Click on http://www.virtualtrials.com/ to see the list of brain tumor centers that give free consultations and free second opinions marked with a red star. Scroll way down to the very bottom of the first page. There is a contact list of fine doctors there too.

Please get Nancy Conn Levin and Lori Levy's excellent meningioma brochures ( they are both long-term meningioma survivors) and other meningioma resources online from the Brain Science Foundation website and Dr Paul Zelter and Dr Steven Brem and Dr Peter Black all have new brain tumor treatment planning books.

1. What specific operational approach, medications or procedure are you recommending for my condition? a. If it was your son or daughter what would you do? Not your first wife, or your mother-in law LOL (that’s my sick tumor humor, please forgive me)… b. Who would you recommend I go to for a second opinion? (BE SURE to get another opinion if you are not satisfied with your doctor or the hospital system and your symptoms are still manageable. Perhaps two or more if you want, men often like to triangulate, 3 can be a magic number, if two different doctors or two different brain tumor boards agree you are really good to go AHEAD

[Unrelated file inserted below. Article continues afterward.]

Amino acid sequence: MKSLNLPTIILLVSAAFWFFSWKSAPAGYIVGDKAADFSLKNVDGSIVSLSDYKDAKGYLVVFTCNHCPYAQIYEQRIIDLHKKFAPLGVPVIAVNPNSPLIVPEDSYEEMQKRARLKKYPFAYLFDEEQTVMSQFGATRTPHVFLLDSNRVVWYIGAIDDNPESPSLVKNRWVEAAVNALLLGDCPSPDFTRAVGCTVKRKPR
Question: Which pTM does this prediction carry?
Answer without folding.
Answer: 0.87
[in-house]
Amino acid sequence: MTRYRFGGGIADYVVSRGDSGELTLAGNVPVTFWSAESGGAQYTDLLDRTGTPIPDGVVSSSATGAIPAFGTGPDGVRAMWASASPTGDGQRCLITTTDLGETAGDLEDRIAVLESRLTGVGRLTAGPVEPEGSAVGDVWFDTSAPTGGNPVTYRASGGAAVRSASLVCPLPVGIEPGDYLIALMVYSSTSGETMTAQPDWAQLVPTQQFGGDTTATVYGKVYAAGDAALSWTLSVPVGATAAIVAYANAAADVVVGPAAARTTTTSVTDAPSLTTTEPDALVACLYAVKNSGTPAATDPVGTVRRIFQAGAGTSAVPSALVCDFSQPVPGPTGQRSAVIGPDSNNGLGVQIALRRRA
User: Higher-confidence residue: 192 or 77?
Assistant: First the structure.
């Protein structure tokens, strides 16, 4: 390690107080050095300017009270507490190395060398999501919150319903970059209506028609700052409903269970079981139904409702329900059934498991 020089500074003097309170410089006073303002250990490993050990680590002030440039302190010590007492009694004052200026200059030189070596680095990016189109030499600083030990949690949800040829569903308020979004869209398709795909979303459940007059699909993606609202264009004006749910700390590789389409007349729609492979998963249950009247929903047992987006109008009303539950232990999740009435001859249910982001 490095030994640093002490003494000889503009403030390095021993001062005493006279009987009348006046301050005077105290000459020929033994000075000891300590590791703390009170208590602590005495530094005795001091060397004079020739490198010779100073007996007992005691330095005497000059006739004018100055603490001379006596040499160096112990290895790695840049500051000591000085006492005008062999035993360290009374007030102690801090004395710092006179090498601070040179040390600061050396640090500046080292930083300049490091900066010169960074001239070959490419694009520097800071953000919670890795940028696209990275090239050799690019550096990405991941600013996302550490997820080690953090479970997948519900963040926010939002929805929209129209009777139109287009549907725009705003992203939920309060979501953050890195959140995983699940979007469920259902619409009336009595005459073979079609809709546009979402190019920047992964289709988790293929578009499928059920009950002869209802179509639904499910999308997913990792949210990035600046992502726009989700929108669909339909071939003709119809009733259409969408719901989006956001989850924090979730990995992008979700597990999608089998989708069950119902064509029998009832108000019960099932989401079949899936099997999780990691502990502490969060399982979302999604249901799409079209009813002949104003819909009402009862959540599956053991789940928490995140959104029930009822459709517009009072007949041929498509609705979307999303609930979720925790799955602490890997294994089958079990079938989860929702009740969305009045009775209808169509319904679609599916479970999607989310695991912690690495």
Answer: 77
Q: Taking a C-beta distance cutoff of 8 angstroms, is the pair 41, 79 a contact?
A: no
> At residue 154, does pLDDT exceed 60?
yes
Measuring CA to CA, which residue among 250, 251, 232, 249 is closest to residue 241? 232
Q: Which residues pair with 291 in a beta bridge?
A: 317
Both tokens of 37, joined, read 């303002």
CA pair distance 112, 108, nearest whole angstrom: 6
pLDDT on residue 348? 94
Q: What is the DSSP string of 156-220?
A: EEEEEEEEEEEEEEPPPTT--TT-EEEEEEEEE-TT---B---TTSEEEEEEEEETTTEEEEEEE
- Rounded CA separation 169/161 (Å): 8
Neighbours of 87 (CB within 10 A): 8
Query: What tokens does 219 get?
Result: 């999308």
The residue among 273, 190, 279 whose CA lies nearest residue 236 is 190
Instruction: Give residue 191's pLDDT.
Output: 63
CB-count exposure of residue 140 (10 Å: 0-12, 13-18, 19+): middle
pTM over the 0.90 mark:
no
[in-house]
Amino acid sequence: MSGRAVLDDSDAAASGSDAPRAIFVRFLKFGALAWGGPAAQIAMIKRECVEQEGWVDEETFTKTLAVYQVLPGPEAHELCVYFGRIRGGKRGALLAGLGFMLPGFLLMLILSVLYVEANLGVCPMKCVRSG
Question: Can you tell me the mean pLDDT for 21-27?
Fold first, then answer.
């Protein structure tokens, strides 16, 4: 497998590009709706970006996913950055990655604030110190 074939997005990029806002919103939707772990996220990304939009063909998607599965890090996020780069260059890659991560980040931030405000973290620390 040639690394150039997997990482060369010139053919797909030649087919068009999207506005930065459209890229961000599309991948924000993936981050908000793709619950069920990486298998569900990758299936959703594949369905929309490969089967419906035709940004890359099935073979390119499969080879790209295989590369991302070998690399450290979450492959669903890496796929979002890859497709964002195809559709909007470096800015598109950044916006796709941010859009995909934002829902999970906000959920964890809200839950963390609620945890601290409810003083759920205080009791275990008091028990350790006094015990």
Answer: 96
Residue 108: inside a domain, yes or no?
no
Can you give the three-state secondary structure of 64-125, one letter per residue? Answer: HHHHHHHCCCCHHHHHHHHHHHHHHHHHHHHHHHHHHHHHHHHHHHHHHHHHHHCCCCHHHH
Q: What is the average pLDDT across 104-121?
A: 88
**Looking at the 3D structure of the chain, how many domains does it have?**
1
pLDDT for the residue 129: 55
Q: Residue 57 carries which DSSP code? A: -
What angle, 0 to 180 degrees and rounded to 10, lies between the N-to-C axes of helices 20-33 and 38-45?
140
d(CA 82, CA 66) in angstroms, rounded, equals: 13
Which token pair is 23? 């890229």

This is YOUR brain, YOU AND YOUR LOVED ONES ALL want to be fully satisfied with YOUR OWN treatment and the doctor afterwards, as well as before.

2. Ask what kind of medical equipment do you use? Do you have 3D MRI etc and computer guided treatment equipment? How old is your equipment and the radiation element? Can you explain how much radiation exposure my healthy brain will get? What are hot spots? How skilled and experienced is your staff? (There are different types of radiation, FSR, IMRT and many brand names of specific brain radiation machines now like Gamma knife, Electra knife, the Linac Accelerator, Proton Beam, Cyberknife, Novalis, Trilogy etc.) They count units called rads and greys, GK is generally one direct shot, IMRT is generally given over five weeks, and some others are in between or a few multiple doses.